About Democratic Complicity: the Early Briefings on Torture

Leen links to two articles suggesting the Democrats are reluctant to have a truth commission because of their own complicity in torture.

Now, I don’t mean to be an apologist for Democrats on torture–because I do believe the Constitutional Speech and Debate clause must take precedence over national security guidelines that limit briefings to the Gang of Four or Eight. But before we start attacking Democrats, let’s establish what we know about briefings that happened before the waterboarding of detainees. Between the public spat between Porter Goss and Nancy Pelosi, Jane Harman’s letter to Scott Muller, and the SSCI Narrative, we can establish that the only Democrat who was briefed in time to prevent waterboarding and told it had been and was going to be used–Jane Harman–wrote a letter raising concerns about the techniques.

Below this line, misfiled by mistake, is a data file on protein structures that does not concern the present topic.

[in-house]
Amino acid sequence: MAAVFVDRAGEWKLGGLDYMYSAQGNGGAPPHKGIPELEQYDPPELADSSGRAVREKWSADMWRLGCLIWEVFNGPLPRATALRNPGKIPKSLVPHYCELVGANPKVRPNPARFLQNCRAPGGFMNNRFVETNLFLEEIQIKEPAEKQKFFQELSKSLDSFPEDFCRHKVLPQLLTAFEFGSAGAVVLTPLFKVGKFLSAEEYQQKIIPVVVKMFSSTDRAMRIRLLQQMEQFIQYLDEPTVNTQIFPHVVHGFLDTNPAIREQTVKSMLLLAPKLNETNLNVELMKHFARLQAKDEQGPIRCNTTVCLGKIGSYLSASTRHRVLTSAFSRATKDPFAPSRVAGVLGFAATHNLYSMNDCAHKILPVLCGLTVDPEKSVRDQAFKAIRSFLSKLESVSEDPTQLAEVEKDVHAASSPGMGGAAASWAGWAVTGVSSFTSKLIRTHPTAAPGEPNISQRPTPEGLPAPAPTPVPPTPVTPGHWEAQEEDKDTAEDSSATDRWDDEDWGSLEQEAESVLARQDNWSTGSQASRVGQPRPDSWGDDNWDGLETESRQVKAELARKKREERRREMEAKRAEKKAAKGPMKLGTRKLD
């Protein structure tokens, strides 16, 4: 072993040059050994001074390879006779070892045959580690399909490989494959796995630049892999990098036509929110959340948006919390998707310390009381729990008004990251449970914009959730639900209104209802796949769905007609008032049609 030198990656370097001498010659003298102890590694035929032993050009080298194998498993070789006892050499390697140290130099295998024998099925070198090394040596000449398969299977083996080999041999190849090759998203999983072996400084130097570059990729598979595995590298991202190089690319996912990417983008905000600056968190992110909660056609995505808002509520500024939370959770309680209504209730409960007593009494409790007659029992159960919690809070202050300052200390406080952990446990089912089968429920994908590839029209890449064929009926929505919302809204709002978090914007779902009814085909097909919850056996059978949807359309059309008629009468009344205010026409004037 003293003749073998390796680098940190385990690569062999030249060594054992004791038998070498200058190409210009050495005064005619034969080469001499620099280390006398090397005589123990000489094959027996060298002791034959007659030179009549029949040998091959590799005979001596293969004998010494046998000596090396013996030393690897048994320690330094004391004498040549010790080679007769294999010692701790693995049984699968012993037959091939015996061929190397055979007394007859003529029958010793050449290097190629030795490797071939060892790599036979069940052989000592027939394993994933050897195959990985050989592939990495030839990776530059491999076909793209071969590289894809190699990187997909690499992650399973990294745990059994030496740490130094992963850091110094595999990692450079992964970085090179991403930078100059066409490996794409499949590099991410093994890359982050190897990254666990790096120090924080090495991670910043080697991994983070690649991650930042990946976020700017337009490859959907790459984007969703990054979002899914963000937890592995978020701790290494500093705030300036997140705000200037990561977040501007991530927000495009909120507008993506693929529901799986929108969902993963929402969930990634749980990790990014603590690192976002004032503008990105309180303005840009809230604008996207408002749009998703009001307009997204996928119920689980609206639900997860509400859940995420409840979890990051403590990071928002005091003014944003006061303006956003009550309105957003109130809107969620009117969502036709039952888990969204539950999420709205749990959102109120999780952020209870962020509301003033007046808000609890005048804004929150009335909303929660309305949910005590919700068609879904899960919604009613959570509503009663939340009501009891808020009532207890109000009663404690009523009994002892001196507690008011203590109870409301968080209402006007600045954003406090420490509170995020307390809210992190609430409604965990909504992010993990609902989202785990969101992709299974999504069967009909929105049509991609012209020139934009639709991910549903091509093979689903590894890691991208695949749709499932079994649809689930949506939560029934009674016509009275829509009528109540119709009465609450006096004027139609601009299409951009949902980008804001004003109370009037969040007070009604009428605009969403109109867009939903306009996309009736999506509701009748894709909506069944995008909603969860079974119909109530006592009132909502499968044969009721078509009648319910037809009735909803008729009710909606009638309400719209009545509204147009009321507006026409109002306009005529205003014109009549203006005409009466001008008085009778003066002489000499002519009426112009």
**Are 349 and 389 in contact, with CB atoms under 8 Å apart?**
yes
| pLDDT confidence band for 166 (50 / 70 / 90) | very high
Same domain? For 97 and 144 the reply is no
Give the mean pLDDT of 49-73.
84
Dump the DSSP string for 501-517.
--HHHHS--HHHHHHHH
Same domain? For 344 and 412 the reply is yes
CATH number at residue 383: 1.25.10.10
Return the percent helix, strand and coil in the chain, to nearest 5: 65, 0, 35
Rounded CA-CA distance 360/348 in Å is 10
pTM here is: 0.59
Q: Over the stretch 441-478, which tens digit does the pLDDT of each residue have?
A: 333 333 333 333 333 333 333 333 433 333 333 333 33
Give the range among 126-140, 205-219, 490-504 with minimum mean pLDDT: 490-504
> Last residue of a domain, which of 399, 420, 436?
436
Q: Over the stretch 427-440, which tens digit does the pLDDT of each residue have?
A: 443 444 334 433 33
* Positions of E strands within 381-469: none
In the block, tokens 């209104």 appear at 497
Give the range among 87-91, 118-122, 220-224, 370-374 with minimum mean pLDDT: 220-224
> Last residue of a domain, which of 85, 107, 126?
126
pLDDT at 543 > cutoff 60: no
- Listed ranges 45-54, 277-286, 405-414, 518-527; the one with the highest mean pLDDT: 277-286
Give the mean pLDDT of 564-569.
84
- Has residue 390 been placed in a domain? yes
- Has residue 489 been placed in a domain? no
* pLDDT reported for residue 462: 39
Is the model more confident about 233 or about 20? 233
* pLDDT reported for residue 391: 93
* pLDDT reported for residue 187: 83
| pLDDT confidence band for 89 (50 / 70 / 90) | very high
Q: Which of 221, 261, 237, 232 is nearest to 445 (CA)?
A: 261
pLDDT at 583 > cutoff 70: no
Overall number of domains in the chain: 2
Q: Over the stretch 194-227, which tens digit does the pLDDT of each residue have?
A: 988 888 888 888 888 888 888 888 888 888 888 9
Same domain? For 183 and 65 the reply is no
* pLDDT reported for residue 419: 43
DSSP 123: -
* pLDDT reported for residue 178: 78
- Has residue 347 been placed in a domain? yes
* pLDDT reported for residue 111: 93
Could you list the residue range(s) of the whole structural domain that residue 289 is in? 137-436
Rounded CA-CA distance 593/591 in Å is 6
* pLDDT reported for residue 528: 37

Fall 2002: The CIA first briefed the Gang of Four (then comprising Richard Shelby, Porter Goss, Bob Graham, and Nancy Pelosi) after the waterboarding of Abu Zubaydah had already ended–and possibly after the waterboarding of al-Nashiri had, too. Furthermore, even Porter Goss appears to confirm Nancy Pelosi’s assertion that the CIA spoke of enhanced techniques (whether or not they mentioned waterboarding specifically) as a prospective activity. That is, in fall 2002, CIA did not reveal that it had already waterboarded Abu Zubaydah (and possibly al-Nashiri).

January/February 2003: Three of four leaders in the intelligence committees changed in 2003. Jello Jay replaced Graham (who was running for President), Pat Roberts replaced Shelby (who had been ousted for leaking classified information), and Jane Harman replaced Pelosi (who had become Minority Leader). The SSCI Narrative notes that Roberts–but not Jello Jay–got a briefing in "early 2003" (though Jello Jay’s staffer did attend).